loader from loading.io

Solidarity Fridays 27

Psychedelics Today

Release Date: 10/02/2020

PTSF 35 (with Brian Muraresku) show art PTSF 35 (with Brian Muraresku)

Psychedelics Today

In today’s Solidarity Fridays episode, the typical Solidarity Fridays format is switched up yet again, this time with Joe interviewing author of best-selling book, The Immortality Key: The Secret History of the Religion with No Name, and recent Joe Rogan Experience guest, Brian Muraresku. Because where do you go after Joe Rogan? Psychedelics Today, of course.  Muraresku discusses how his fascination with Latin and Greek and the 1978 book, The Road to Eleusis: Unveiling the Secret of the Mysteries (by R. Gordon Wasson, Albert Hofmann, and Carl A. P. Ruck) and its proposal of a...

info_outline
PT219 - Tania de Jong - Mind Medicine Australia show art PT219 - Tania de Jong - Mind Medicine Australia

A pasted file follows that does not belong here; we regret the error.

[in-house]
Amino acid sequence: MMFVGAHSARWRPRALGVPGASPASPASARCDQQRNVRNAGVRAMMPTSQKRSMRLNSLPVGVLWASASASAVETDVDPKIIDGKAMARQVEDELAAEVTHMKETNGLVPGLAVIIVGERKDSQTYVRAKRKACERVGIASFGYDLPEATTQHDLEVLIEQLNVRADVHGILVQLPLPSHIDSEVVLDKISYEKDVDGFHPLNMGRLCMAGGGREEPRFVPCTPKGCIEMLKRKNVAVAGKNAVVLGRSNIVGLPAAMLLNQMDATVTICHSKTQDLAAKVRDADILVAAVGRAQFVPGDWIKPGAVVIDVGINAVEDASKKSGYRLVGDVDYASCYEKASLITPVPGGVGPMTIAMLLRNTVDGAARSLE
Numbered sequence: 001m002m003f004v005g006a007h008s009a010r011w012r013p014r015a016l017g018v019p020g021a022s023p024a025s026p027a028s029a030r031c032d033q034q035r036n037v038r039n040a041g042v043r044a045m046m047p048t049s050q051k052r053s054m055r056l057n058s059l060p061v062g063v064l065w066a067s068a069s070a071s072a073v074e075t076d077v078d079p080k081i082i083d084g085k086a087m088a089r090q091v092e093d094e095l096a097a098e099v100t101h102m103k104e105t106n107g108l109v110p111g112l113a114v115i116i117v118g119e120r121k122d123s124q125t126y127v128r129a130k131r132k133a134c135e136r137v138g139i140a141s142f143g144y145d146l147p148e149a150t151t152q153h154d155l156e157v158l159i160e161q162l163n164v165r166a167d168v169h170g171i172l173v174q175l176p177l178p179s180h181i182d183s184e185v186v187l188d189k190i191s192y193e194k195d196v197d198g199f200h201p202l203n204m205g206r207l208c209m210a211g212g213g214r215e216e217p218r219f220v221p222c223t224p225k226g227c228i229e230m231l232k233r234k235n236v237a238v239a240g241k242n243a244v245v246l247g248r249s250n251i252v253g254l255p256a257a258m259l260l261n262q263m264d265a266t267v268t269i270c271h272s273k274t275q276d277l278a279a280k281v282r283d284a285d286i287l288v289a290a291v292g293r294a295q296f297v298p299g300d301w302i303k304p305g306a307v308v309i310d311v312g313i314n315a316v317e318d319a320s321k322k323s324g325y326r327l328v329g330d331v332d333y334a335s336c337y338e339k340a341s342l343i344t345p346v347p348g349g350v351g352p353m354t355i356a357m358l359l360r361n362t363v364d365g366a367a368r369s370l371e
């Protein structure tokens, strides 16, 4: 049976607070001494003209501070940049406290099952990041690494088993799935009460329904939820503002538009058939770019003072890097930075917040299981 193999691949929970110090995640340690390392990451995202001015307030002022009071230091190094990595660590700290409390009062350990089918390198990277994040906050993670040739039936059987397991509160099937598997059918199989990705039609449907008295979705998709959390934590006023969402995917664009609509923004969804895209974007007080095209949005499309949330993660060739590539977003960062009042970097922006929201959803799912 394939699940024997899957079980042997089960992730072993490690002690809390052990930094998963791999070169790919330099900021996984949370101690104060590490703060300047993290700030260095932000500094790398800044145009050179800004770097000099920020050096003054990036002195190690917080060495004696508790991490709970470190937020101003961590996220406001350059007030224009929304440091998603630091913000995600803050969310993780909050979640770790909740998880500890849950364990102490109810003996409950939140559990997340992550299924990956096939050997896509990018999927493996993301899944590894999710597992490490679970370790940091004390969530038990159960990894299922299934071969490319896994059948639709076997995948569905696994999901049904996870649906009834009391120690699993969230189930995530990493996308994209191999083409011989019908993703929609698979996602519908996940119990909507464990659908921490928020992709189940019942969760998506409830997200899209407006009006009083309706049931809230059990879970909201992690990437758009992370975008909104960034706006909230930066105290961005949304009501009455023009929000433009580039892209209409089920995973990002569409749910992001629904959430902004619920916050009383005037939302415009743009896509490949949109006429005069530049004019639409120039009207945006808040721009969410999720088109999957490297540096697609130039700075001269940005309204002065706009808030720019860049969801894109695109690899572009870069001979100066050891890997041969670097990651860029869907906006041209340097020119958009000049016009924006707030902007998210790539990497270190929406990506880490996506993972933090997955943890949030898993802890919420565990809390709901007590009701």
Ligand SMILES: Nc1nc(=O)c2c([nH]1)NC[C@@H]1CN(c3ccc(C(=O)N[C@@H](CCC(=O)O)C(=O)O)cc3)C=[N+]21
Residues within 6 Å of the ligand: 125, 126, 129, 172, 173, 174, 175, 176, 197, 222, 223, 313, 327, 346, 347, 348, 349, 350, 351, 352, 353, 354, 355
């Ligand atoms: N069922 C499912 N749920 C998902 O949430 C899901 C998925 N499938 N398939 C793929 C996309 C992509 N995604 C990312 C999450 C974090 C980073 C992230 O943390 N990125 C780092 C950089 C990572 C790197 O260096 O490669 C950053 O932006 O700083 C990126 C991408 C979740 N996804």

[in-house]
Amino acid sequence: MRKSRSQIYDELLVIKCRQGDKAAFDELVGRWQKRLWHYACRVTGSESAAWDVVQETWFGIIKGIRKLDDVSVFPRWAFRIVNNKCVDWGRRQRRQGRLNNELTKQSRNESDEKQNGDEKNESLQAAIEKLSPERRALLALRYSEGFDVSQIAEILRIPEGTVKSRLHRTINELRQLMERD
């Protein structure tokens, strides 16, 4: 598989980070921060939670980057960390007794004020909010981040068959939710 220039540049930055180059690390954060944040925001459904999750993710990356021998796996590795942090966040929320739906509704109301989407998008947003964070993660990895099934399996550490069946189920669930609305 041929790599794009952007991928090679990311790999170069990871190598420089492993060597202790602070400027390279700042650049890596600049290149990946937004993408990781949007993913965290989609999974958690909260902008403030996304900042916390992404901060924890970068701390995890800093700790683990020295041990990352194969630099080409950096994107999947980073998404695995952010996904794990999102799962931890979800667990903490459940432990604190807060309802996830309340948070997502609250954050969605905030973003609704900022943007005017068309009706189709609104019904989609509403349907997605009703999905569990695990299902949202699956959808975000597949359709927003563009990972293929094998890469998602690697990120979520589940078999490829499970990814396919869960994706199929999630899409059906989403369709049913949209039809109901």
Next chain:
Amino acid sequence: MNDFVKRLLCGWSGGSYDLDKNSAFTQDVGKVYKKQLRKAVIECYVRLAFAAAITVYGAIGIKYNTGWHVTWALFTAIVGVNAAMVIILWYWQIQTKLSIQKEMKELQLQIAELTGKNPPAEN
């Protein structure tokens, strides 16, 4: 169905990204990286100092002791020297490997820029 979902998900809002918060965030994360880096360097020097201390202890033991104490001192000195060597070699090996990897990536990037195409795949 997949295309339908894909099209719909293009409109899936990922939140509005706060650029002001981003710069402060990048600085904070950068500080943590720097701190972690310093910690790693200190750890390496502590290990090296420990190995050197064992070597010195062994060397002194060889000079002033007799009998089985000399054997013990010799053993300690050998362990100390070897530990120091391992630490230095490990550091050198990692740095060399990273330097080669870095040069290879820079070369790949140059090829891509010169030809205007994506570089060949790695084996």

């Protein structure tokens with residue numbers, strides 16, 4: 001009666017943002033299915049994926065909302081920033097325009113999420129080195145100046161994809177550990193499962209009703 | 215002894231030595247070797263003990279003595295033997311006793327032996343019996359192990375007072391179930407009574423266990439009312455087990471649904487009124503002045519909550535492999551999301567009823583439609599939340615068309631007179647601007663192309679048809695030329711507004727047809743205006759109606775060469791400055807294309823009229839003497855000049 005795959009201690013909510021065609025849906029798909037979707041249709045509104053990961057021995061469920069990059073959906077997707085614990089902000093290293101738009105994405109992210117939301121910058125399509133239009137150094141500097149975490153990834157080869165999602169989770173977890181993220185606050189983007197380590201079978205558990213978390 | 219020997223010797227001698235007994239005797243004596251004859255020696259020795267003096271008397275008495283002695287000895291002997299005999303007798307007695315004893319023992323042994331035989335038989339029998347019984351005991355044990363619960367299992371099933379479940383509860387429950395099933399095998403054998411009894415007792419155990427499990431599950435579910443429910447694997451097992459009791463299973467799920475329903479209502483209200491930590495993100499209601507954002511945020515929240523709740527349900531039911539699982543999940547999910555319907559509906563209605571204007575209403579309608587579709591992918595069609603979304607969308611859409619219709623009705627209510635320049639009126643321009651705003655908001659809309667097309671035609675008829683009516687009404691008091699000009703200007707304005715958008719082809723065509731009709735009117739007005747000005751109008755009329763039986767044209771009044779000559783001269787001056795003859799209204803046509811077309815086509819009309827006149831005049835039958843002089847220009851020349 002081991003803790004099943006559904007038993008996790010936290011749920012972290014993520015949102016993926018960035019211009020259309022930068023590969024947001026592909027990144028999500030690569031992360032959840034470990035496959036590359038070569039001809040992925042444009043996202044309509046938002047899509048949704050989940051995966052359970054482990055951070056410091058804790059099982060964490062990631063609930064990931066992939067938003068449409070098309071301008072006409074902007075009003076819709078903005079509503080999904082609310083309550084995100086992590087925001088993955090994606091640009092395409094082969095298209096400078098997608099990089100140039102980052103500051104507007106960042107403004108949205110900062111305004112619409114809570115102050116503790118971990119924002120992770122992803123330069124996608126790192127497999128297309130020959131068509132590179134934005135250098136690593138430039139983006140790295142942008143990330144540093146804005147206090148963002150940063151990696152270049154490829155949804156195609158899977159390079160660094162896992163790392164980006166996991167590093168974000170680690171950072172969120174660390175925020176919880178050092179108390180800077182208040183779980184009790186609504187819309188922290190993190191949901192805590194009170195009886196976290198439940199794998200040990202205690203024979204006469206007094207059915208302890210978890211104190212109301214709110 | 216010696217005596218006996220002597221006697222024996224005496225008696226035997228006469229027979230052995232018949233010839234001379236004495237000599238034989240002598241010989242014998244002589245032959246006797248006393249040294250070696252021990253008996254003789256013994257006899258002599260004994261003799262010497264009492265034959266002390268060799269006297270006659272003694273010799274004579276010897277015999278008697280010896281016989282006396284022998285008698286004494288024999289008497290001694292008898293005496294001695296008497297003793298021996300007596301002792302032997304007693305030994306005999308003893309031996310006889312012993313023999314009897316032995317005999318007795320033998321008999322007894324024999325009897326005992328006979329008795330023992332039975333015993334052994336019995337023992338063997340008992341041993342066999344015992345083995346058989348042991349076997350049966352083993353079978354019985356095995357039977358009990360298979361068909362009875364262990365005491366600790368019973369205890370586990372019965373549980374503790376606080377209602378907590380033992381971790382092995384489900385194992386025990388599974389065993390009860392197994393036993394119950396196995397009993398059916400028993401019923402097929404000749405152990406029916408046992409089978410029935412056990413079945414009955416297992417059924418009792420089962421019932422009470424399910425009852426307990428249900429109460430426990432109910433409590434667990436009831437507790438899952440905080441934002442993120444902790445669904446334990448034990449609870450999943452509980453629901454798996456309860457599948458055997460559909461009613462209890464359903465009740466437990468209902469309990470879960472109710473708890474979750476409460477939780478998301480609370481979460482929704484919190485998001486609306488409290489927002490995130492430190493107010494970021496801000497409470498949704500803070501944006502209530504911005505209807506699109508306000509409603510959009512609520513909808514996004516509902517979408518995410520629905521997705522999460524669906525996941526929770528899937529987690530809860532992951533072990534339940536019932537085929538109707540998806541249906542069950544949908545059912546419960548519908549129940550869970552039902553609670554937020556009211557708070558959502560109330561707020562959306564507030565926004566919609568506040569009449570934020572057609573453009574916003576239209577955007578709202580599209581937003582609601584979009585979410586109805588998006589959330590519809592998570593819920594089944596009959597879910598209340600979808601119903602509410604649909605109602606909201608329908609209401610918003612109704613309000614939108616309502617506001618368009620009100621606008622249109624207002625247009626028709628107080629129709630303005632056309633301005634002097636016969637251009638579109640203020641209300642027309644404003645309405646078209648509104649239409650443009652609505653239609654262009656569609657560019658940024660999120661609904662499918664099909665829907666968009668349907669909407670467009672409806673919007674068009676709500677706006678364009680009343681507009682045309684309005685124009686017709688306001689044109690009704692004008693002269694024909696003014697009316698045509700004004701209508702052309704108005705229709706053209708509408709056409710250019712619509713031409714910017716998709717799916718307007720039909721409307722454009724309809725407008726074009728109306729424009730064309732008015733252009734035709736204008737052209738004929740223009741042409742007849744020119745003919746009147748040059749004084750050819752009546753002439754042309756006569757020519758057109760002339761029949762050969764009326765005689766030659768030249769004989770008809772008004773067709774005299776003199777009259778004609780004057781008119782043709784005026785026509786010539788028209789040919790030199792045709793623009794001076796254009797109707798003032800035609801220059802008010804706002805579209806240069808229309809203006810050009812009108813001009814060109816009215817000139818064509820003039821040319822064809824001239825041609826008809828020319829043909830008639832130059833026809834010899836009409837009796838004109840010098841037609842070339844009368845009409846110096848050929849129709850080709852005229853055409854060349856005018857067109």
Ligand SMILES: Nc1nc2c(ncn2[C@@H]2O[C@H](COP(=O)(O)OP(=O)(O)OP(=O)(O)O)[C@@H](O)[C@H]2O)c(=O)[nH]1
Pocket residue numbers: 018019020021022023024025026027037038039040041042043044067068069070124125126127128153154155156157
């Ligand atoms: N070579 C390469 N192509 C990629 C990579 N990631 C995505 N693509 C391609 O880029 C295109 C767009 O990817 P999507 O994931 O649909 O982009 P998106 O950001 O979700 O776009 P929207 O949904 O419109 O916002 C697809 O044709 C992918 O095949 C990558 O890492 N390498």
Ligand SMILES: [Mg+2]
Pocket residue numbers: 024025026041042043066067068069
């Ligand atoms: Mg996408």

Psychedelics Today

In this episode, Kyle and Joe interview singer, speaker, social entrepreneur, and founder of numerous charities and organizations, Tania de Jong.  What brings de Jong to Psychedelics Today are her most recent and most psychedelically-inclined undertakings: co-finding Mind Medicine Australia and submitting an application to Australia's Therapeutic Goods Administration (TGA) to reschedule psilocybin from Schedule 9 ("prohibited substances") to Schedule 8 ("controlled medicines"), the results of which should be decided in February. She talks about her Tim Ferriss and Michael Pollan-inspired...

info_outline
PTSF 34 (with Craig Heacock) show art PTSF 34 (with Craig Heacock)

Psychedelics Today

In today’s Solidarity Fridays episode, the typical Solidarity Fridays format is switched up again, this time with Joe interviewing podcast host and psychiatrist specializing in ketamine-assisted psychotherapy, Craig Heacock.  Will Hall's SF episodes spurred a lot of conversation, and led to Heacock reaching out to Psychedelics Today to counter some of Hall's points, and stand up a bit on behalf of psychiatry. He feels that while psychiatry isn't perfect, saying to replace it isn't helpful, and doesn't feel that anyone in psychiatry is saying a pill will fix anything, but rather, that...